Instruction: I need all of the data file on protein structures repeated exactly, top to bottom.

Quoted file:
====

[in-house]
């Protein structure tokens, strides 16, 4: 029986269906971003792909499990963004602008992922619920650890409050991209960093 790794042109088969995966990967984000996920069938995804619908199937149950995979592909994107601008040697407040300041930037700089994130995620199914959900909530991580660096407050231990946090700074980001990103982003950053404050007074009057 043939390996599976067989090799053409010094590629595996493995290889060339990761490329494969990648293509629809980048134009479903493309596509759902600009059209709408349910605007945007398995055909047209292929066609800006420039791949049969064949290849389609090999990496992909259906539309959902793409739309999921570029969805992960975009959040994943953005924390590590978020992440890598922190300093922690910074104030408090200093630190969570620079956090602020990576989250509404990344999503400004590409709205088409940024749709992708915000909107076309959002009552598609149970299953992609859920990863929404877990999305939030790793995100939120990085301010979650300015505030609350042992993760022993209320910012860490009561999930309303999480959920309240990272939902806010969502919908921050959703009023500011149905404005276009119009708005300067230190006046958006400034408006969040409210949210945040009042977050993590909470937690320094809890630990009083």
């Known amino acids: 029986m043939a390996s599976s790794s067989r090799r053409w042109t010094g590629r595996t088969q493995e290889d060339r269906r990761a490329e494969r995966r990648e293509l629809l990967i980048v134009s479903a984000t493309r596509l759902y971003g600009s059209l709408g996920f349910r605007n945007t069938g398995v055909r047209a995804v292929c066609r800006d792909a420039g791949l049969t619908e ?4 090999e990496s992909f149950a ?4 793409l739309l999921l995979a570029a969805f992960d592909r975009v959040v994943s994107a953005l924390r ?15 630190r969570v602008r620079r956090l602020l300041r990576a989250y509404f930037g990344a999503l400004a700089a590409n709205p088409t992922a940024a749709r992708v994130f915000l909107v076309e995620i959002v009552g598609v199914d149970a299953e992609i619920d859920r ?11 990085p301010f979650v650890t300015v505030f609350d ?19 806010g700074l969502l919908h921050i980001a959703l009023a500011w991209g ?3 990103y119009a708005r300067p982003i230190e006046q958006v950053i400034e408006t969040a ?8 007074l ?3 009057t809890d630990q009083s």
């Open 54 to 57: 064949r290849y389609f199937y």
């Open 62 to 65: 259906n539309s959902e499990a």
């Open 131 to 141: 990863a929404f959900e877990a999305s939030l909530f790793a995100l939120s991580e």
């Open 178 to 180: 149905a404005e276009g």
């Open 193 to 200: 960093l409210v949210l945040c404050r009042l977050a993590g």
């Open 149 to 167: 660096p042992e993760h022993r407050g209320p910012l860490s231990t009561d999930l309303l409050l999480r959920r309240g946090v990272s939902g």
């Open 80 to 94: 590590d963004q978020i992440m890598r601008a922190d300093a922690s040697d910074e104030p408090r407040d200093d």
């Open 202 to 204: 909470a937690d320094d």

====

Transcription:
[in-house]
């Protein structure tokens, strides 16, 4: 029986269906971003792909499990963004602008992922619920650890409050991209960093 790794042109088969995966990967984000996920069938995804619908199937149950995979592909994107601008040697407040300041930037700089994130995620199914959900909530991580660096407050231990946090700074980001990103982003950053404050007074009057 043939390996599976067989090799053409010094590629595996493995290889060339990761490329494969990648293509629809980048134009479903493309596509759902600009059209709408349910605007945007398995055909047209292929066609800006420039791949049969064949290849389609090999990496992909259906539309959902793409739309999921570029969805992960975009959040994943953005924390590590978020992440890598922190300093922690910074104030408090200093630190969570620079956090602020990576989250509404990344999503400004590409709205088409940024749709992708915000909107076309959002009552598609149970299953992609859920990863929404877990999305939030790793995100939120990085301010979650300015505030609350042992993760022993209320910012860490009561999930309303999480959920309240990272939902806010969502919908921050959703009023500011149905404005276009119009708005300067230190006046958006400034408006969040409210949210945040009042977050993590909470937690320094809890630990009083």
């Known amino acids: 029986m043939a390996s599976s790794s067989r090799r053409w042109t010094g590629r595996t088969q493995e290889d060339r269906r990761a490329e494969r995966r990648e293509l629809l990967i980048v134009s479903a984000t493309r596509l759902y971003g600009s059209l709408g996920f349910r605007n945007t069938g398995v055909r047209a995804v292929c066609r800006d792909a420039g791949l049969t619908e ?4 090999e990496s992909f149950a ?4 793409l739309l999921l995979a570029a969805f992960d592909r975009v959040v994943s994107a953005l924390r ?15 630190r969570v602008r620079r956090l602020l300041r990576a989250y509404f930037g990344a999503l400004a700089a590409n709205p088409t992922a940024a749709r992708v994130f915000l909107v076309e995620i959002v009552g598609v199914d149970a299953e992609i619920d859920r ?11 990085p301010f979650v650890t300015v505030f609350d ?19 806010g700074l969502l919908h921050i980001a959703l009023a500011w991209g ?3 990103y119009a708005r300067p982003i230190e006046q958006v950053i400034e408006t969040a ?8 007074l ?3 009057t809890d630990q009083s």
């Open 54 to 57: 064949r290849y389609f199937y």
């Open 62 to 65: 259906n539309s959902e499990a």
């Open 131 to 141: 990863a929404f959900e877990a999305s939030l909530f790793a995100l939120s991580e």
């Open 178 to 180: 149905a404005e276009g």
């Open 193 to 200: 960093l409210v949210l945040c404050r009042l977050a993590g």
């Open 149 to 167: 660096p042992e993760h022993r407050g209320p910012l860490s231990t009561d999930l309303l409050l999480r959920r309240g946090v990272s939902g």
């Open 80 to 94: 590590d963004q978020i992440m890598r601008a922190d300093a922690s040697d910074e104030p408090r407040d200093d």
């Open 202 to 204: 909470a937690d320094d």